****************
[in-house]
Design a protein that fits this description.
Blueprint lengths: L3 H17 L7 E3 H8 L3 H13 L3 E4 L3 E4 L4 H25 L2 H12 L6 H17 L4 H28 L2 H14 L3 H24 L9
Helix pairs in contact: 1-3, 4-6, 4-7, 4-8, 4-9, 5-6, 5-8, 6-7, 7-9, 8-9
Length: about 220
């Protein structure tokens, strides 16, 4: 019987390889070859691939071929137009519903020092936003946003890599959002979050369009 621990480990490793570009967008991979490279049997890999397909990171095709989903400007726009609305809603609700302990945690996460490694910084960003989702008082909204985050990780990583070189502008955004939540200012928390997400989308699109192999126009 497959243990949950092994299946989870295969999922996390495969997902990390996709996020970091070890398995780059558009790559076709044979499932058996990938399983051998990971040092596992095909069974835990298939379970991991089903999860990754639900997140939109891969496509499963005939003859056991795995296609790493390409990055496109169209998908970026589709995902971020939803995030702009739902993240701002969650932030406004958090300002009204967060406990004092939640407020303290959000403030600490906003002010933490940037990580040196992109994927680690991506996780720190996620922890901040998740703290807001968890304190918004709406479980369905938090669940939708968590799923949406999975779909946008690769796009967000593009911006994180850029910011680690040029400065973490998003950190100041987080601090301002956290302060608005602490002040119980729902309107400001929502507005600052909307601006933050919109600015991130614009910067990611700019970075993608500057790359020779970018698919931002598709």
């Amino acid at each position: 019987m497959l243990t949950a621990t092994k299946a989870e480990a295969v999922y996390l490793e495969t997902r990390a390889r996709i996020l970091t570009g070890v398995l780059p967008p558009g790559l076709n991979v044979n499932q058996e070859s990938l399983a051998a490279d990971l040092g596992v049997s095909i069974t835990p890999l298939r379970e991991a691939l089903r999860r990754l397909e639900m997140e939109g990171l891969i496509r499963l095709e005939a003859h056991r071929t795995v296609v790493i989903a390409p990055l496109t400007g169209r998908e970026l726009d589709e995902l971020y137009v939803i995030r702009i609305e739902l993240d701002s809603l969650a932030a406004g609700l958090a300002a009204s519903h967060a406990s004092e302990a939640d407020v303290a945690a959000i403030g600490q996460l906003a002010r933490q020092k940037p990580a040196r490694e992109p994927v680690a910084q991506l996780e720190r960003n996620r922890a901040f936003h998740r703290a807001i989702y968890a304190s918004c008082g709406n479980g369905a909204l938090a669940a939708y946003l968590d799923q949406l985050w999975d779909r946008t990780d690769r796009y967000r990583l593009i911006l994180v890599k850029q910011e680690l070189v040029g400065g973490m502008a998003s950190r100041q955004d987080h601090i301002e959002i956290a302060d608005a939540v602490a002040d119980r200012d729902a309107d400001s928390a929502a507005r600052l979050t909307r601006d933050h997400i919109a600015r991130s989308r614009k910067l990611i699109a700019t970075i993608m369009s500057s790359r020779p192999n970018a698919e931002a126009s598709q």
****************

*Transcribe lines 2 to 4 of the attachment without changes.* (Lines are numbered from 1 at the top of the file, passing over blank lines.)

Design a protein that fits this description.
Blueprint lengths: L3 H17 L7 E3 H8 L3 H13 L3 E4 L3 E4 L4 H25 L2 H12 L6 H17 L4 H28 L2 H14 L3 H24 L9
Helix pairs in contact: 1-3, 4-6, 4-7, 4-8, 4-9, 5-6, 5-8, 6-7, 7-9, 8-9